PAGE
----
debate begins. Late papers not accepted unless arranged in advance. .

•    Sit with group members; groups selected by instructor. Group decides on topic within reading assignment

      shown on course schedule, each person in group develops 2 pages (APA format applies) and makes verbal

      presentation based on his or her paper.    

•    Cell phones, laptops, electronic devises including recording devices, and eating are unacceptable. Students

     who text or use electronic devises will be asked to leave the class and will be marked as absent.     

•    Students will be called upon during class. It’s expected that s/he will have provide appropriate responses and

      be respectful of other students and your instructor. Answers such as “I don’t know” or “I haven’t read…” will

      result in an absence for the day.

•    All assignments must be a hard copy and delivered at the beginning of class, emailed assignments are

     unacceptable unless preapproved. Think you’ll have a problem with due dates like group paper – talk to me!           

•    All paper assignments must meet APA standards of citation and reference. All references are subject

      to validation and must come from sources other than those used in class materials unless requested.  

•    Emails will not be answered if the answer can be found in syllabus.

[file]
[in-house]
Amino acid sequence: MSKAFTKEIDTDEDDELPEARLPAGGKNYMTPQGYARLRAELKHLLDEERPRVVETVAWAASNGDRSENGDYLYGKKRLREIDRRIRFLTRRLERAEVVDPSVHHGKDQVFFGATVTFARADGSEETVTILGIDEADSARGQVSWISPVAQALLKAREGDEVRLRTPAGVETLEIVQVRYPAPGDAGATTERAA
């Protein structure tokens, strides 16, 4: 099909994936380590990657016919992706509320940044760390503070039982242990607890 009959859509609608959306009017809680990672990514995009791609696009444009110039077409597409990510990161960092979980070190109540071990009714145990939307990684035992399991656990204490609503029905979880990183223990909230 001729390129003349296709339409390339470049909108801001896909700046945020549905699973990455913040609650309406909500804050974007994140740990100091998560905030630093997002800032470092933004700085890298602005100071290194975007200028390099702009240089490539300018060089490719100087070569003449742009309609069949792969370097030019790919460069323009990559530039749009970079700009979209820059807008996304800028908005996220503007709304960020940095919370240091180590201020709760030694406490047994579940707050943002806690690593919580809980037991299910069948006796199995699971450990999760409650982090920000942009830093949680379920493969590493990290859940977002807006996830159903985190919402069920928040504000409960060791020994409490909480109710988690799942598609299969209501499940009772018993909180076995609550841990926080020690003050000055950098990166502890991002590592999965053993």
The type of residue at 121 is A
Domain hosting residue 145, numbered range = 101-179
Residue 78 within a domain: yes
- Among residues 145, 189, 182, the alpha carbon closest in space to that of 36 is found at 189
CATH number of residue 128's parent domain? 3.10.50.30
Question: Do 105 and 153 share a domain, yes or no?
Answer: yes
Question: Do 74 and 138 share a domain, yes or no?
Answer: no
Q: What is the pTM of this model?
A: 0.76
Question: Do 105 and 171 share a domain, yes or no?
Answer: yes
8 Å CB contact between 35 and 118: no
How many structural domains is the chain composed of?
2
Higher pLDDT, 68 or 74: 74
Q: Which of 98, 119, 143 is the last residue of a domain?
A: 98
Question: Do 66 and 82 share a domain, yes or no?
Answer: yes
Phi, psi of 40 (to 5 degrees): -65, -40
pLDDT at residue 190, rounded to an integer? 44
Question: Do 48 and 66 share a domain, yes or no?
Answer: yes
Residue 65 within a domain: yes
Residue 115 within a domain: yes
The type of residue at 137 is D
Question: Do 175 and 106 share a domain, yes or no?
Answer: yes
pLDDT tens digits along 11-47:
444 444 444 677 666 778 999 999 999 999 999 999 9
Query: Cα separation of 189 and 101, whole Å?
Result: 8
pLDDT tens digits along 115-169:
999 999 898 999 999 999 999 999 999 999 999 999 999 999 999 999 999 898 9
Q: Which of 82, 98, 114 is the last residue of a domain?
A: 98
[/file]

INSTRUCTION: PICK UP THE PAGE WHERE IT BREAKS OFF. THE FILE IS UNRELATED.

•    Your student ID, name (not nick names), and Course Number must be on all assignments and all emails. 

•    Final paper (hardcopy) turned no later than 4/28/2015, 9:30AM, no emails. 6 pages + ref page, 6 empirical

     studies ref. 20 points Extra Credit, is available if a hard copy is in my hands prior to 4/24/2015 9:30AM.

     Another 20 points Extra Credit is available from a 10 minute or less power point presentation about topic. 

•    Should you experience issues or conflicts with any of the above expectations, feel free to contact me and we’ll

     work things out.  


Day          Date         Activities

Tuesday   01/13/15             Intro to Syllabus and Opening Remarks

Thursday 01/15/15             Preface and Forward (Read before class)

Tuesday   01/20/15             Chapter 1 Police: The Essentials pp 2-14

Thursday 01/22/15             Chapter 1 pp 14-27 

Tuesday   01/27/15             Chapter 2 Historical Accounts of American Police pp 35-43